Association of nonalcoholic fatty liver disease grades with the plasma cell antigen-1 (PC-1) gene polymorphism
Background and aims: Nonalcoholic fatty liver disease (NAFLD) is a complicated disease linked with dietary habitats, obesity, and a range of comorbidities correlated with insulin resistance. Although environmental parameters are essential in deciding risk of the disease, proofs from previous reports sustain the hypothesis that genetics are responsible for NAFLD developmentand progression. Plasma cell antigen-1 (PC-1) and its gene polymorphism are associated with NAFLD progression. Consequently, the object of this study was to detect the usefulness of PC-1 K121Q gene polymorphism in NAFLD progression.
Subjects and methods: A total of 87 NAFLD patients were included in the study and subdivided ultrasonographically into 31 patients with grade 1 (mild NAFLD), 26 patients with grade 2 (moderate NAFLD) and 30 patients with grade 3 (severe NAFLD), in addition to 47 normal controls. The detection of PC-1 K121Q gene polymorphism was accomplished by using restriction fragment length polymorphism (RFLP)-PCR.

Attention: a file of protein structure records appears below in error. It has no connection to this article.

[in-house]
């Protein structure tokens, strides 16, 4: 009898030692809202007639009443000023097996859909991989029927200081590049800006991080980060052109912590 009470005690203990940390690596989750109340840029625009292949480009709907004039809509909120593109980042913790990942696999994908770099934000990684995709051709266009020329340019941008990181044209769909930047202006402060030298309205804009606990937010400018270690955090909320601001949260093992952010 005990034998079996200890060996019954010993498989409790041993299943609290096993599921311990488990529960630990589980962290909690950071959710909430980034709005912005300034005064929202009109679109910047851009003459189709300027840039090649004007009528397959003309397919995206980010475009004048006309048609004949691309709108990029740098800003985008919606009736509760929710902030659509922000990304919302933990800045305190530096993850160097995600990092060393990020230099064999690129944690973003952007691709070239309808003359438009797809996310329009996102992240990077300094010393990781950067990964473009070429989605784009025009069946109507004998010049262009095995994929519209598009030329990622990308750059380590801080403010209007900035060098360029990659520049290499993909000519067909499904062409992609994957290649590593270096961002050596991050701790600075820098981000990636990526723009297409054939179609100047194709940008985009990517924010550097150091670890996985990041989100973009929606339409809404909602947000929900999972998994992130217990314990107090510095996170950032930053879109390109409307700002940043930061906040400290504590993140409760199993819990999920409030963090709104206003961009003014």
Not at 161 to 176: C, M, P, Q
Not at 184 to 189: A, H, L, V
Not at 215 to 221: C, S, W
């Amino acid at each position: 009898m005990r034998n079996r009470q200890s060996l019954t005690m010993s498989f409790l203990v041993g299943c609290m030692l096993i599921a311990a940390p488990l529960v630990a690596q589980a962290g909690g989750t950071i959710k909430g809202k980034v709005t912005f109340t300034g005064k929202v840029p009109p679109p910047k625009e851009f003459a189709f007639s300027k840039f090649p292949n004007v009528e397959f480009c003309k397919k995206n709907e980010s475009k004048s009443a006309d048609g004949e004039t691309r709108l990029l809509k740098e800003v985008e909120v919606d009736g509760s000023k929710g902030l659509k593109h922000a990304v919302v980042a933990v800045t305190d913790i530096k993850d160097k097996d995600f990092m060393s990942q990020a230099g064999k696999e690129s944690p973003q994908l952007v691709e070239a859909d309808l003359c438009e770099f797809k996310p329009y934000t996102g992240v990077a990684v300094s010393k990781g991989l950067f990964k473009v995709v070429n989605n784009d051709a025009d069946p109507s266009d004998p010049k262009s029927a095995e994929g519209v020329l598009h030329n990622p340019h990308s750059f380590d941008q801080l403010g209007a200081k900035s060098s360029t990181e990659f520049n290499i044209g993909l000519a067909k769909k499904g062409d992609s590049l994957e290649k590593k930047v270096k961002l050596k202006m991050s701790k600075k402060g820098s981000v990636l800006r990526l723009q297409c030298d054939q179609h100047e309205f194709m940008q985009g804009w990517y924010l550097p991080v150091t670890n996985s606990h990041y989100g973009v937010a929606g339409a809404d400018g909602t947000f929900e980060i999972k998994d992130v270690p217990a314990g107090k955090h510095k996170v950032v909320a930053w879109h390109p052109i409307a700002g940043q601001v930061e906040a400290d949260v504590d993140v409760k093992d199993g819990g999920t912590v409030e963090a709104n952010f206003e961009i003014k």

Results: Lipid profile parameters were associated with the incidence of NAFLD. AlthoughPC-1 gene polymorphism didnot significantly change in parallel with NAFLD grades, PC-1 at the genetic and protein level was significantly associated with triacylglycerollevels in NAFLD patients.
Conclusion: Lipid profile indices are risk factors for the incidence of NAFLD. Triacylglycerol (TAG) level is the hall-mark in the NAFLD pathogenesis and in the predisposition of PC-1 gene polymorphism.